|photo by Aapo Huhta|
From cold Finland comes the warm melodies of Delay Trees. A four piece band that in 2009 released ‘Soft Construction’, a cinematic trip in form of a seven tracks ep (or a 7 track ep in form of a cinematic trip, it’s up to you to decide).
Then last year, came out their debut album, following the same path of indiepop mixed with some shoegaze/post-rock and an atmospheric melancholia previously heard on their ep.
What makes Delay Trees’ music stand out, is how appealing it is to the memory (and here I’m talking about very personal memories). Their songs have the effect of a faded picture that you haven’t seen in years and that suddenly, takes you back to a place filled with nostalgia, that you haven’t been in a long time, but still hold a sense of familiarity and remember everything: the colors, smells, weight of the atmosphere…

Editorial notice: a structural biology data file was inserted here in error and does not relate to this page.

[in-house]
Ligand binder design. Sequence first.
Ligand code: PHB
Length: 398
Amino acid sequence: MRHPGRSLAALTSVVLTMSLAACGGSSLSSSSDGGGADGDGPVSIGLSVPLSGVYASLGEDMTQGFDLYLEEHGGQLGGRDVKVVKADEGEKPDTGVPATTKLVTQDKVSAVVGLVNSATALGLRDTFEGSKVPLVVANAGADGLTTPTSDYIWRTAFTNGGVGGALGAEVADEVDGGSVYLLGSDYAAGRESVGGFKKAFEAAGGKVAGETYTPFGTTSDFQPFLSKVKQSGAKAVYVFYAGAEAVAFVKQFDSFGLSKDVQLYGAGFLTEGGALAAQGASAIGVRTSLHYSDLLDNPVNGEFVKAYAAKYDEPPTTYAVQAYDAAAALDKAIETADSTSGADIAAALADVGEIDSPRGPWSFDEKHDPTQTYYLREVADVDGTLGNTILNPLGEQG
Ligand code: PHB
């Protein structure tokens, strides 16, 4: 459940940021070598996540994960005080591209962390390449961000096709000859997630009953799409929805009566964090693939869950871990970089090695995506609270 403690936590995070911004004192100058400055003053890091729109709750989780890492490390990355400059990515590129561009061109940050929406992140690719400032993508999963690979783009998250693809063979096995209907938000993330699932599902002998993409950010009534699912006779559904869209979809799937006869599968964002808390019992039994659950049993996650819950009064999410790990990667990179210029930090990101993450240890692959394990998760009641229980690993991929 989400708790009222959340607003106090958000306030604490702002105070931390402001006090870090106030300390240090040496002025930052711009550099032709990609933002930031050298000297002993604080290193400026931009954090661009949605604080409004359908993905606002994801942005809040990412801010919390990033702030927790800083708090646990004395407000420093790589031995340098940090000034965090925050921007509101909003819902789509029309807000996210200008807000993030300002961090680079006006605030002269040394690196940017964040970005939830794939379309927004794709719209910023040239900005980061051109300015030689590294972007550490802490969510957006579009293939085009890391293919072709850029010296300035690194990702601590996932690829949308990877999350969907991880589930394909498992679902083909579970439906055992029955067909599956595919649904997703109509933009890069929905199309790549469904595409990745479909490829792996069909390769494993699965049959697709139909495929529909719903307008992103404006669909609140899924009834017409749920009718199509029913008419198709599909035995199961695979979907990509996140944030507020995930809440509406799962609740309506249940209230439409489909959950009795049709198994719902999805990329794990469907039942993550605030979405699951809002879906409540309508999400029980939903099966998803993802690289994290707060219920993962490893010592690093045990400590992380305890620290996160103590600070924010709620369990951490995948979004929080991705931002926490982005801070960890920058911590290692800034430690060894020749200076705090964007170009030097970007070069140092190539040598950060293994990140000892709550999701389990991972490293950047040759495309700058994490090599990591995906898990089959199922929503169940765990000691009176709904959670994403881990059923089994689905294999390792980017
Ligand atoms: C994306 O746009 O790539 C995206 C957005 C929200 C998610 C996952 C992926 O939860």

This is not music you would present to an acquaintance; it requires a certain intimacy that you can only reach with someone you feel comfortable to talk about your feelings in the most honest way. That same intimacy is what makes Delay Trees music so deep and compelling.
Here's my conversation with Rami: beginnings, inspirations, past memories, bad covers and the connection between music and image are among the topics.
01. So, first of all: what’s your story? And what kind of image or meaning did you wanted to evoke with the name Delay Trees?
We have been friends way before the band so when I started to write these Delay Trees songs it felt natural to have Onni, Lauri and Sami in the band.